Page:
All you need to know about Raw Honey
The term ‘raw’ gets used a lot when discussing honey, but what actually is raw honey?
Well, put simply, raw honey is honey that is sold in the same state as it was when extracted from the beehive.
We consider honey to be raw if it meets the following criteria
– Not heated above 45 degrees Celcius.
Many honey producers will heat their honey to pasteurise the honey, as well as to allow it to pass through finer grades of filtering. This honey is heated above 70 degrees Celsius to kill off any natural yeasts in the honey.
Wild yeasts, when mixed with moisture in the honey, can cause the honey to ferment. When this process is controlled it actually makes some great products – but that is a topic for discussion at another stage. (mead!)
For the most part though, raw honey is very shelf-stable and will not ferment on its own so long as it is stored properly (ensuring no additional moisture gets into the honey). Producers who blend large quantities of honey from a variety of different beekeepers may choose to pasteurise. This is to ensure any variables outside of their control are mitigated.
With good quality raw honey, you need not worry though, as reputable beekeepers selling their own harvested honey will be able to guarantee the quality of their honey supply and need not pasteurise. This raw honey will therefore still retain the beneficial microbes within the honey that would otherwise have been killed off during pasteurisation.
– Has not had sugar, corn syrup, sweeteners or other substances added.
It is an unfortunate fact that some honey producers have been known to add all kinds of substances to honey. This may be done to enhance flavours or to increase overall volume.
Either way, it detracts from the purity of the honey and the consumer is essentially paying for something other than honey.
– Minimal filtration
As alluded to above, another reason honey may be heated is to allow for finer filtering of the honey. When honey is at room temperature it takes a considerable time to flow through even the coarsest of filters.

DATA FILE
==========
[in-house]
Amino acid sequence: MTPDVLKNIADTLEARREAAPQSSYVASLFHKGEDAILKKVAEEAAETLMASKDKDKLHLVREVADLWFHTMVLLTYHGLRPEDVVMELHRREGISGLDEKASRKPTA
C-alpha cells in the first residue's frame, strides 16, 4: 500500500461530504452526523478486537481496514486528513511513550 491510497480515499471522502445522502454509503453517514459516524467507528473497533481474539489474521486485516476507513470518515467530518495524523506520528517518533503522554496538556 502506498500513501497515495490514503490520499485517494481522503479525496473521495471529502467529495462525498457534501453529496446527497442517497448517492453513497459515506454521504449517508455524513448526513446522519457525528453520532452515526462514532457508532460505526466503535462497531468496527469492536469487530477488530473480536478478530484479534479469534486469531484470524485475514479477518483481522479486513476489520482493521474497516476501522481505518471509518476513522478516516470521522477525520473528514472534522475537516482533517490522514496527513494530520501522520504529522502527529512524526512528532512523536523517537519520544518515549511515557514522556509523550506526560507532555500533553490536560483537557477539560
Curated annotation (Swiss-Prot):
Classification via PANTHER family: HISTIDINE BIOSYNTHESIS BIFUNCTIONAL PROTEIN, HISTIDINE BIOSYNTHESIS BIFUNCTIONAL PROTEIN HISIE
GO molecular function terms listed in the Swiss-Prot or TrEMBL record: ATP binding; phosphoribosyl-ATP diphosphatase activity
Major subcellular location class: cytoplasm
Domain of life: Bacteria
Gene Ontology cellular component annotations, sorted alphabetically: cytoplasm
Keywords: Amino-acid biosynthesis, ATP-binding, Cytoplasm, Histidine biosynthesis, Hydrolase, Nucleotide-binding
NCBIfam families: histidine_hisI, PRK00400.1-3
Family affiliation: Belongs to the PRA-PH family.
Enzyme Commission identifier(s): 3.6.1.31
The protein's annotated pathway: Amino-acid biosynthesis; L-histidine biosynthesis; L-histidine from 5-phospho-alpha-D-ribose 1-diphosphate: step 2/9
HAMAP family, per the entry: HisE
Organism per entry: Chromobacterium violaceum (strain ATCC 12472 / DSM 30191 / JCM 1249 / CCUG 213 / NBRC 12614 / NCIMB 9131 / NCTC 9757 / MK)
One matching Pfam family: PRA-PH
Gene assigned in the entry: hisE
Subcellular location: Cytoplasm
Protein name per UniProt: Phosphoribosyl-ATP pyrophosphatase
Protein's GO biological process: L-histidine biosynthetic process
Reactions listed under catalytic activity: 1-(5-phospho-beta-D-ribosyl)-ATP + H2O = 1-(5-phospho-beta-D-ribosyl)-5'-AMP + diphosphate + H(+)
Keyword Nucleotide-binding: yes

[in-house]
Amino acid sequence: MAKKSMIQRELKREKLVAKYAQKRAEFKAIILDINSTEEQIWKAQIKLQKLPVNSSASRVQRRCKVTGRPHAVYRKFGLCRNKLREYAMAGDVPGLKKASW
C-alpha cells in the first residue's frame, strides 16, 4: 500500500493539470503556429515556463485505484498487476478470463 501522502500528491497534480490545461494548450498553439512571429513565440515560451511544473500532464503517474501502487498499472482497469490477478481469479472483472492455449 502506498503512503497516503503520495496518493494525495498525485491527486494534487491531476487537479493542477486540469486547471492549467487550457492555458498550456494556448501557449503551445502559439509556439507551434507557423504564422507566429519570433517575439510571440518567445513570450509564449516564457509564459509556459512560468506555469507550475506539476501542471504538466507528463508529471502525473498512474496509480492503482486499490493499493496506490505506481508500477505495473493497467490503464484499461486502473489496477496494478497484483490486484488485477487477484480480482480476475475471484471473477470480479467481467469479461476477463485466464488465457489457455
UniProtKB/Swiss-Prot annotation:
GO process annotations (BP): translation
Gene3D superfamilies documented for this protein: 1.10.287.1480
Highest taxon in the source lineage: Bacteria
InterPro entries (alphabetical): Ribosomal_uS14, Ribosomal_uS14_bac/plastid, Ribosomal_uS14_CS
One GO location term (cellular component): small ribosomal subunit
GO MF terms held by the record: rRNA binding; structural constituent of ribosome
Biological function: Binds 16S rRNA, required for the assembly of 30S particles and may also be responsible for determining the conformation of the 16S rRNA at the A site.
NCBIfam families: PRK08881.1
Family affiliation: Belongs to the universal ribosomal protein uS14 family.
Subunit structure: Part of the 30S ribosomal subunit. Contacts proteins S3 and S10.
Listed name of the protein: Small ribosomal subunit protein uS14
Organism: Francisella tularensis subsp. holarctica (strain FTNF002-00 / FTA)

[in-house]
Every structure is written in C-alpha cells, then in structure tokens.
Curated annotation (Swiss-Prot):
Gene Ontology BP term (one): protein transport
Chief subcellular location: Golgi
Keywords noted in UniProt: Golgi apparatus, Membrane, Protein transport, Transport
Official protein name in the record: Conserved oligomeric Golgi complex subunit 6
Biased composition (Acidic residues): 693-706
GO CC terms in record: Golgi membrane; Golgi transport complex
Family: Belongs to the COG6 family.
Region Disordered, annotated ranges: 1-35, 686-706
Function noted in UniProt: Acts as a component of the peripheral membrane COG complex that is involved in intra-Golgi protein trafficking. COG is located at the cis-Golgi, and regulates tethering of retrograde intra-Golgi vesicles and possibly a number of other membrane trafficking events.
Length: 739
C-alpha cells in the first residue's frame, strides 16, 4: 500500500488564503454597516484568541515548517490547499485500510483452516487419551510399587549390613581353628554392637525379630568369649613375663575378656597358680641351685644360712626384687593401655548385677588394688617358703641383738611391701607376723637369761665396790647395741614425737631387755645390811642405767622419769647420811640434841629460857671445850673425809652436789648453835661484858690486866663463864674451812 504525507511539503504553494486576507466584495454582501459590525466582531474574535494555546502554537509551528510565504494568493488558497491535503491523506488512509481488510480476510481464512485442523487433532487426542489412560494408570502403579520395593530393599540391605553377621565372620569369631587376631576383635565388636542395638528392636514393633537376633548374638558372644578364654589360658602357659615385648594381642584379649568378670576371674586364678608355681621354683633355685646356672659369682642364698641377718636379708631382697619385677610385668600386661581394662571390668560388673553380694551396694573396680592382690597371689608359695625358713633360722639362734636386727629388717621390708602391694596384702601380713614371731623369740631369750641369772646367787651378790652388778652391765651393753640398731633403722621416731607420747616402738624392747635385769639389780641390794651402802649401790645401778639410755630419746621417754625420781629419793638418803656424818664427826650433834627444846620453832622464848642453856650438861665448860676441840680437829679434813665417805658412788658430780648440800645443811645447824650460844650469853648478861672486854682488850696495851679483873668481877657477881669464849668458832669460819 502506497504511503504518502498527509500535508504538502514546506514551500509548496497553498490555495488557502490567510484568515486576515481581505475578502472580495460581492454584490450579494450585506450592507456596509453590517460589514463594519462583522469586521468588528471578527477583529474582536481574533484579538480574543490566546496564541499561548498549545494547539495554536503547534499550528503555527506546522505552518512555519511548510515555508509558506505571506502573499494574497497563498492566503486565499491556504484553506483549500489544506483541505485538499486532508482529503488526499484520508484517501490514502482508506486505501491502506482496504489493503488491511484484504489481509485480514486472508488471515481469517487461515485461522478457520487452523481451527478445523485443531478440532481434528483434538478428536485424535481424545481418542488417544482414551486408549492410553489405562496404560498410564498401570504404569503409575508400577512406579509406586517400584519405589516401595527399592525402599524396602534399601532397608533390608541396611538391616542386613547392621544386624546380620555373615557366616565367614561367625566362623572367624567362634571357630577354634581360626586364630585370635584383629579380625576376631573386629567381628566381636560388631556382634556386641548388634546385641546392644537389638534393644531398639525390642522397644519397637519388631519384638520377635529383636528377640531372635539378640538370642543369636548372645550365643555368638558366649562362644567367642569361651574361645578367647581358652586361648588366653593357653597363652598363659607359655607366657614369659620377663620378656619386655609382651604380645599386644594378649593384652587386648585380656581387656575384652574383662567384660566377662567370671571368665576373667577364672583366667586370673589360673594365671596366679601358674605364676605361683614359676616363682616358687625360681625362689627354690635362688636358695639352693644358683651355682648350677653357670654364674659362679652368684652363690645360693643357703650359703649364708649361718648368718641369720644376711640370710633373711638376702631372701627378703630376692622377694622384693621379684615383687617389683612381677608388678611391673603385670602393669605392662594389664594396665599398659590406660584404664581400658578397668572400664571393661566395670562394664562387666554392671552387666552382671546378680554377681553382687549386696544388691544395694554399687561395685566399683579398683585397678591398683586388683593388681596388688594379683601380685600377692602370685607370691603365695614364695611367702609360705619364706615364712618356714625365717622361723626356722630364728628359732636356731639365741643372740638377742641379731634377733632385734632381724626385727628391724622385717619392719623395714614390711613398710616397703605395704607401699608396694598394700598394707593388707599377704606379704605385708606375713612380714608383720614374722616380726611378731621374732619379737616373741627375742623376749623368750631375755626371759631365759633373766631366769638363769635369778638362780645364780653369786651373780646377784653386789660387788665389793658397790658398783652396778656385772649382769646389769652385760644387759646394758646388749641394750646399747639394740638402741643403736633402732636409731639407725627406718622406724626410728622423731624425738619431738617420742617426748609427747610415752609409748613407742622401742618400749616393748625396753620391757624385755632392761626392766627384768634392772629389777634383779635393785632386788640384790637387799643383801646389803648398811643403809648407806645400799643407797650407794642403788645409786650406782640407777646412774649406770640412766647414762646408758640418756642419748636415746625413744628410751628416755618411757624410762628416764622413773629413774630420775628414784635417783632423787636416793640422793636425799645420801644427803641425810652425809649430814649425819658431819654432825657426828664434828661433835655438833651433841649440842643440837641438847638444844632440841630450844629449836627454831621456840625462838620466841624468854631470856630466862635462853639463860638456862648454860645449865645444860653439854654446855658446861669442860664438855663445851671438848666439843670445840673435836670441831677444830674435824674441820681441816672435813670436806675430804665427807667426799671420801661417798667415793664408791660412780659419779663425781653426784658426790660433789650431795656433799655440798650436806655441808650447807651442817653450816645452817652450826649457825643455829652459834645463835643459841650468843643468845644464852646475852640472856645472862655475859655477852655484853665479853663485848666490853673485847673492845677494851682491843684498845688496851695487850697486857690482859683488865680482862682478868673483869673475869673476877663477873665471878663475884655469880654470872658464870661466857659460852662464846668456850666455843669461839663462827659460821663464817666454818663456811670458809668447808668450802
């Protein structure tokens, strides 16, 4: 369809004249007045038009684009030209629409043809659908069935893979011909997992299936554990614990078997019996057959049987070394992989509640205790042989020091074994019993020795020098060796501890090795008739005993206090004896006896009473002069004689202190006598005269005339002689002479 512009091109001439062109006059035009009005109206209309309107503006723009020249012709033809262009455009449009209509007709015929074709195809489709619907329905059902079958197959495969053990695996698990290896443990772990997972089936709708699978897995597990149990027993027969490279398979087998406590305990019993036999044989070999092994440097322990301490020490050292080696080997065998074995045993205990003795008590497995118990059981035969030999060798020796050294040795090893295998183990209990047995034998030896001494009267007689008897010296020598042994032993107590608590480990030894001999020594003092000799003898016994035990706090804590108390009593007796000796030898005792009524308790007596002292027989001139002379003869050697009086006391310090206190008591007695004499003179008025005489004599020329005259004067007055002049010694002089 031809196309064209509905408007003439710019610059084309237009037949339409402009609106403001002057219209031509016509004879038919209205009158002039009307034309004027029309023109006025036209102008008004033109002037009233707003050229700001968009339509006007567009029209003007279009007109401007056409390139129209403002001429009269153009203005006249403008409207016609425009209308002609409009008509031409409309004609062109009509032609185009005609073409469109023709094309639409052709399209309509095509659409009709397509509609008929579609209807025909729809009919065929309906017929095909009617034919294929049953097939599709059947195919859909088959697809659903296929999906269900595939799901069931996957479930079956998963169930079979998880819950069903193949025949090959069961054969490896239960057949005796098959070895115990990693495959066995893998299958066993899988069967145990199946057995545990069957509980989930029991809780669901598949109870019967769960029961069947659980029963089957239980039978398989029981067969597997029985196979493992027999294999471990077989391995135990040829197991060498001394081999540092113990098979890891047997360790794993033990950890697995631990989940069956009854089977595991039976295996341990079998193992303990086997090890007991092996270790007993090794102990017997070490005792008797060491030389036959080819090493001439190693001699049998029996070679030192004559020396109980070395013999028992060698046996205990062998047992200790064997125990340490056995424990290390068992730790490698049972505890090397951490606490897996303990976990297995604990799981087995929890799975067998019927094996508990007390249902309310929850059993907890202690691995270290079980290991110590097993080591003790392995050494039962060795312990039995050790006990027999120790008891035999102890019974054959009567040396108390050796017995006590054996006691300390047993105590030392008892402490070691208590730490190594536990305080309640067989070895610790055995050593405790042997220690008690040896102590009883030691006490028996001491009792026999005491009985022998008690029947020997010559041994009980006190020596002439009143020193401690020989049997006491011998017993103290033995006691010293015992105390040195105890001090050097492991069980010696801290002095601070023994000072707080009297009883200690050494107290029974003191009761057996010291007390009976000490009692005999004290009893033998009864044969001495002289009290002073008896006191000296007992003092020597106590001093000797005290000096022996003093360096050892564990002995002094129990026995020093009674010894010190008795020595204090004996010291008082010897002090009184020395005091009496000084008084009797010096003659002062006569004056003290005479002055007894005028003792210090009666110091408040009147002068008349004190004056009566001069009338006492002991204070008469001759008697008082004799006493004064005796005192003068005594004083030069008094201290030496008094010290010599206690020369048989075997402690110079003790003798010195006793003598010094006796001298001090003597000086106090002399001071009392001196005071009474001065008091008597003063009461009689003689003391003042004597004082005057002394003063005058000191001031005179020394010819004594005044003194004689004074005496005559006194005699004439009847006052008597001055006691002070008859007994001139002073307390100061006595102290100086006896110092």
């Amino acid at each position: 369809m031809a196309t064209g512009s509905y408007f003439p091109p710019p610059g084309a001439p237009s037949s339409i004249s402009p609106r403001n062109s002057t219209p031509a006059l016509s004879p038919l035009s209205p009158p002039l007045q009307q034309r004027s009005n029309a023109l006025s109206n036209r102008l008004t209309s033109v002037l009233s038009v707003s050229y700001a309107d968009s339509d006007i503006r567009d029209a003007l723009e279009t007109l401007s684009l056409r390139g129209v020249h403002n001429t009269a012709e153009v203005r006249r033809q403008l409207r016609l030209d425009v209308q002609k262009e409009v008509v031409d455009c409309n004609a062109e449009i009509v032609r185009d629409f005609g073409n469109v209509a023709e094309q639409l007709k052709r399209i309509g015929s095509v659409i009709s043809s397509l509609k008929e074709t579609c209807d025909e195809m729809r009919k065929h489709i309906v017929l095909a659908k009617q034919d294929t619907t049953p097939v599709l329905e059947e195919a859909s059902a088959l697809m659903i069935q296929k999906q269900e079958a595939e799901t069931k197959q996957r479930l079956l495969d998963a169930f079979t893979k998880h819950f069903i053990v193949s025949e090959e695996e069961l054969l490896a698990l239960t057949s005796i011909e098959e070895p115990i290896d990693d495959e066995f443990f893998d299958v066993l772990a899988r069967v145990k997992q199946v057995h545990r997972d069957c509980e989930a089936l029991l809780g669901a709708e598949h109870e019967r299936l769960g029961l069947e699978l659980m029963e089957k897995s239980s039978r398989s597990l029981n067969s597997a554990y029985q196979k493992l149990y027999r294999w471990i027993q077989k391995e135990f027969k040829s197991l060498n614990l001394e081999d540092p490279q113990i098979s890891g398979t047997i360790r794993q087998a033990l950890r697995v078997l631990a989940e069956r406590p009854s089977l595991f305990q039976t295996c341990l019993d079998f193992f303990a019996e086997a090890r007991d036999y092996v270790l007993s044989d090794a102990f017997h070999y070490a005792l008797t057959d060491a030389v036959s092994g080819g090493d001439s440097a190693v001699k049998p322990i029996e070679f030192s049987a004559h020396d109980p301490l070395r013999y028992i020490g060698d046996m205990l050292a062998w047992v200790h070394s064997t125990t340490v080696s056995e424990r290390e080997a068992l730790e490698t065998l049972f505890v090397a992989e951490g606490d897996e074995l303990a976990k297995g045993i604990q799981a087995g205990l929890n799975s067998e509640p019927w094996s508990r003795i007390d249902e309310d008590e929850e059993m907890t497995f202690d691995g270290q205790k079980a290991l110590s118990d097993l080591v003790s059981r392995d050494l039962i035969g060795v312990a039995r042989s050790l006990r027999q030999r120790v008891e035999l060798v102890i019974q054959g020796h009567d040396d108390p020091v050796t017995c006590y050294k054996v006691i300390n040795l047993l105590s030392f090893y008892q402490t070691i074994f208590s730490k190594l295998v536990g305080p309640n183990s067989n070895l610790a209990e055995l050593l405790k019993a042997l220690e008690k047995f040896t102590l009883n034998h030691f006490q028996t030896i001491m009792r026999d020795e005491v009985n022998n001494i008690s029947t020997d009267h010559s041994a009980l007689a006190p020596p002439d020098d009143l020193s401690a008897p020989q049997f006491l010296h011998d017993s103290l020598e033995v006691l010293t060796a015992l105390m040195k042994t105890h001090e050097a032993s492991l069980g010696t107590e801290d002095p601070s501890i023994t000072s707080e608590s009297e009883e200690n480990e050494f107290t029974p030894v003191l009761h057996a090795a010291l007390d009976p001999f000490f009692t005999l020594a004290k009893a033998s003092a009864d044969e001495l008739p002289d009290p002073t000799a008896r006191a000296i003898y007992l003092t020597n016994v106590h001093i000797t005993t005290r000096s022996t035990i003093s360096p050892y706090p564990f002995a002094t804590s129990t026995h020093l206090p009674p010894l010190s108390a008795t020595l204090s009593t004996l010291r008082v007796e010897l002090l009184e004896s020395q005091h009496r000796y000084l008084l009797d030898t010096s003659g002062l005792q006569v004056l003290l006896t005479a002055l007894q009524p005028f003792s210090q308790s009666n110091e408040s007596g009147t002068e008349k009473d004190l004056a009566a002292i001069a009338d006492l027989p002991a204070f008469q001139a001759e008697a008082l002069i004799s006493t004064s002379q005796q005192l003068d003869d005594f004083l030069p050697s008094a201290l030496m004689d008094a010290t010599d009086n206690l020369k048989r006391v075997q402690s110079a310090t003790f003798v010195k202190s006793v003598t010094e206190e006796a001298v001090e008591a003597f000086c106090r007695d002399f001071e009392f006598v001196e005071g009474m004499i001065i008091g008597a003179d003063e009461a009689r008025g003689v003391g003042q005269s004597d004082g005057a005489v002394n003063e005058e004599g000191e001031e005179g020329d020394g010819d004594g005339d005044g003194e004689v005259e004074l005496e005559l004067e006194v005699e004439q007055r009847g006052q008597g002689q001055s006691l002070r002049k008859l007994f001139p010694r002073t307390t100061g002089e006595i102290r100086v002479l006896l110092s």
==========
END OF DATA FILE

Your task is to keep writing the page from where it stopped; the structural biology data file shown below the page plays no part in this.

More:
In order to allow the honey to flow through very fine filters at an economical pace, many producers will take advantage of the increased viscosity of honey when heated.
This process allows them to remove the finest of particles out of honey and is done to make the honey appear more aesthetically pleasing on shelves, by removing fine wax particles, bee parts or other ‘floaty bits’.
Of these particles removed from the mix is valuable pollen. On its own pollen is a great product, and its removal from the honey is disadvantageous for the consumer.
While filtering won’t necessarily mean that honey is not raw, and honey does not need to have bee legs in it to tick the ‘raw honey’ box, minimal filtration will ensure the wholesome nature and goodness of natural honey.
– Not mixed with any other honey
Similar to the addition of foreign substances, honey is no longer raw if it has been mixed with honey that has undergone the above treatments.
Some honey producers may mix their premium honey with cheaper honey of a lessened quality (sometimes even cheap store-bought honey), in order to achieve a higher overall volume for sale.
While some customers may not notice this immediately, they are effectively being deceived and robbed.
– Not diluted in any way
Raw honey is honey that has been taken from the hive, removed from the honeycomb, filtered at room temperature and then bottled for the customer.
If honey has undergone treatment outside of this, then it is not raw and should not be labelled as such.
Can people still enjoy non-raw honey? Of course, but we believe raw honey is by far the best way to enjoy it.
Where to buy raw honey in Perth
Buy from local beekeepers. Look for trusted sellers who are approved and licenced to sell their honey.
The easiest way to pick a genuine seller is to look for labelling that conforms to packaging requirements. For more information on this, follow our simple guide to buying honey.
Ask them about their extraction processes and get to know how the honey is processed from the hive to you.
While local beekeepers operate on a small scale that often requires a premium price to overcome costs, you will find that they offer better value for money.
If you’ve only ever purchased the supermarket honey, we encourage you to try raw honey and see what all the fuss is about!